Back to the classroom in Pelham

Published 4:02 pm Monday, August 16, 2010

Jeff Schrupp, who served as an assistant principal at Pelham High School last year, returned to the classroom to teach history this year.

We’re headed back to school, and not even 100 degree heat can stifle the energy that pulsates through Pelham as we kick off our year.

More than 90 teachers welcomed almost 1,700 Pelham High School students this fall. We’re excited about the promise of a new year and sharing this school year with our students.

Jeff Schrupp joined the Pelham High faculty in 2006. He quickly earned a reputation as a demanding and amazing history teacher.

Last year, Schrupp moved into an assistant principal’s job at PHS. A master organizer, Schrupp accomplished many administrative goals. However, for the new school year, Schrupp has chosen to come back to the classroom.

“I missed teaching. I missed having my own students. I missed my subject matter,” said Schrupp. “Working with those in administration at this school and at the county was great, but I’ve learned something about myself. I have to be teaching.”

Finding Schrupp in his classroom, legs dangling over a desk as he synched his video with his electronic quiz questions, was enlightening. Schrupp the administrator was never as joyous as Schrupp the teacher.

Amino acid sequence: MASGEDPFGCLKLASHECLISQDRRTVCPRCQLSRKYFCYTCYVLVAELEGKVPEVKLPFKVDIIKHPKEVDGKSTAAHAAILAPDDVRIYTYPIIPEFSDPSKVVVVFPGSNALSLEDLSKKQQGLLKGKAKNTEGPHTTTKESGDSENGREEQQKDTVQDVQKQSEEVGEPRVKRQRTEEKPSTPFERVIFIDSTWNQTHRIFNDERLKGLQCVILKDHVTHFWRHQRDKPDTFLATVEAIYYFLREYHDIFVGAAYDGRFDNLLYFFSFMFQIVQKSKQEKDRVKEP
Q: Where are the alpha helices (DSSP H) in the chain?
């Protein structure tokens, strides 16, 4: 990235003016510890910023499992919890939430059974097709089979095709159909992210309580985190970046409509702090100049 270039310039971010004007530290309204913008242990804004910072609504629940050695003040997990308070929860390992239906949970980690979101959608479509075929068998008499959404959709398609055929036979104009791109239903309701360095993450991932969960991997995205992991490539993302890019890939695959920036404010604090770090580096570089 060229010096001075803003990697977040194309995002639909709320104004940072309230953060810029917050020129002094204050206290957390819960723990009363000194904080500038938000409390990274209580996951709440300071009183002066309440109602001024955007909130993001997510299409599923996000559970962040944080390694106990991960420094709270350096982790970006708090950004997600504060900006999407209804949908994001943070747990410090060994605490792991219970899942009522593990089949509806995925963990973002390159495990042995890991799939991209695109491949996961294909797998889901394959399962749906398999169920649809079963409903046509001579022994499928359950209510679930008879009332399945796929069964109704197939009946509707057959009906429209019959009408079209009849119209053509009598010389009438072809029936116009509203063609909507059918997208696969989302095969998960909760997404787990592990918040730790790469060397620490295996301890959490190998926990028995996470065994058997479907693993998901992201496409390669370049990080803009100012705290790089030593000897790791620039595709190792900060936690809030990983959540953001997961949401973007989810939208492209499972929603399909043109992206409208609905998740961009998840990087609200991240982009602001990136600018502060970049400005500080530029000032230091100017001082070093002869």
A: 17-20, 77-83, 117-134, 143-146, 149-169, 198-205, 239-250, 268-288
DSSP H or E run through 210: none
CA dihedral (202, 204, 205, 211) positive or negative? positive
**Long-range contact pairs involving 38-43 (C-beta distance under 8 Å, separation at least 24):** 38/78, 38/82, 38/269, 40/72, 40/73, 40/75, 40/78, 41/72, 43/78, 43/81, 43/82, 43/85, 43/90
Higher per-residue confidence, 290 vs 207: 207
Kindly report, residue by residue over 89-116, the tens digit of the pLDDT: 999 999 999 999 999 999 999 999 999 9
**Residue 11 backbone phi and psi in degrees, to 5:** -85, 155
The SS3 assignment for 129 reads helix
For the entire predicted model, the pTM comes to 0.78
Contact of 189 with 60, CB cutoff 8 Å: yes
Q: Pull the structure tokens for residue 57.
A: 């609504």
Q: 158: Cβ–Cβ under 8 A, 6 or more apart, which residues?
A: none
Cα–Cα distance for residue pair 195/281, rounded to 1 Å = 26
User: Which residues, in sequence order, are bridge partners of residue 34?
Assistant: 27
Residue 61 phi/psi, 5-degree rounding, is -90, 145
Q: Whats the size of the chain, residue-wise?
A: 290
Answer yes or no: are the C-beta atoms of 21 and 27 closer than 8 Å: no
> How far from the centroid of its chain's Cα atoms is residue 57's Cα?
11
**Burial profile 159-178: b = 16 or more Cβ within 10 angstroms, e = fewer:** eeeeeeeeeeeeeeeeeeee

Schrupp’s wife told me, “I’m glad he’s headed back to the classroom. He is happiest when he’s teaching.”

American teacher and poet Theodore Roethke said, “Teaching is what is left after all the reading and thinking and writing: the residue, the illumination.”

Illumination is the magic both students and teachers seek. Lights of new knowledge ignite an energy that fuels all of us — making the long hours of study, the grading and the planning so worthwhile.

Students appreciate those brave enough to join them in the trenches of learning when the battle gets tough. Most students have an amazing respect for their teachers’ efforts.

Schrupp knew he was headed back to the classroom shortly after our 2010 PHS graduates filed across the stage last May. Two of his former students went out of their way to find Schrupp and give him a simple gift — on their graduation night.

What those two boys actually gave Schrupp was a reminder of the impact he made as their teacher — and the little nudge he needed to land back in a classroom.

“I won’t forget those two boys,” Schrupp said. “They’re good kids. I think I made a difference for them. I know they made a difference for me.”

Connie Nolen can be reached by e–mail at